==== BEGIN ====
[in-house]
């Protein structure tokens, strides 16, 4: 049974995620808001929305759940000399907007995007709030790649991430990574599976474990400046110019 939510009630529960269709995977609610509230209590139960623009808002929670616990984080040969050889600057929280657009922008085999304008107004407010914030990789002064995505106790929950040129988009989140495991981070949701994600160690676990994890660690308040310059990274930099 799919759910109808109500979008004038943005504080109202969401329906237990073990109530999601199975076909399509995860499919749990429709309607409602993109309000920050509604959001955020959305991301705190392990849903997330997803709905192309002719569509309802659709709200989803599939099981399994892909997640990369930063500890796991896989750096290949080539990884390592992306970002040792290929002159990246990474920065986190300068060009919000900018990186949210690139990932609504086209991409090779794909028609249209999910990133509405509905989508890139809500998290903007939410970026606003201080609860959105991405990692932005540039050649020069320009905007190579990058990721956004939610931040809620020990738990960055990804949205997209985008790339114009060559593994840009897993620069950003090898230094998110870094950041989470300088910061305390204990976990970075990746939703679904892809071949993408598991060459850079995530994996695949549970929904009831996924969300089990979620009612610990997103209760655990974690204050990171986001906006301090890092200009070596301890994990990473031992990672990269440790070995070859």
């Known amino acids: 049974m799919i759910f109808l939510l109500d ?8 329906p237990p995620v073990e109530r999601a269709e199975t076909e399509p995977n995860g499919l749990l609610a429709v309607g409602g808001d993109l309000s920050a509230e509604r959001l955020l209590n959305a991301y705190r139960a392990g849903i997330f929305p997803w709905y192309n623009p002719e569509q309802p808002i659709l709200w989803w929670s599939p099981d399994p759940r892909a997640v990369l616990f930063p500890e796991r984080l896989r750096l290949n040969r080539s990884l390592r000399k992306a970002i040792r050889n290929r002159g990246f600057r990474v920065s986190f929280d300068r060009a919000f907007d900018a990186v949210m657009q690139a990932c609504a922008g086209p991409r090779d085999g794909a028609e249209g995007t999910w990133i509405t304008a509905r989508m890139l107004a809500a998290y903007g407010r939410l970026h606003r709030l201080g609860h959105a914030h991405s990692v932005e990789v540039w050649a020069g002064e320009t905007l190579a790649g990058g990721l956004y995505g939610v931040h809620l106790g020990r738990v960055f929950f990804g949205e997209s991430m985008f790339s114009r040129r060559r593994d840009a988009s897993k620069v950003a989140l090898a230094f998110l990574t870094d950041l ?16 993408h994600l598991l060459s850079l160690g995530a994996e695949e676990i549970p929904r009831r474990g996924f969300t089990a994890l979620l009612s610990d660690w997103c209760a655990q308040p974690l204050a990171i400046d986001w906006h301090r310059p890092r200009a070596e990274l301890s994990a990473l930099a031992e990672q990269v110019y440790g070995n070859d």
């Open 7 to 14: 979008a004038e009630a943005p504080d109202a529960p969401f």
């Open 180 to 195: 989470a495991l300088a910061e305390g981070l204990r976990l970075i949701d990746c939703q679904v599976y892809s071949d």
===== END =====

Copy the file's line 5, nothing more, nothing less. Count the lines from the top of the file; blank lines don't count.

């Open 180 to 195: 989470a495991l300088a910061e305390g981070l204990r976990l970075i949701d990746c939703q679904v599976y892809s071949d």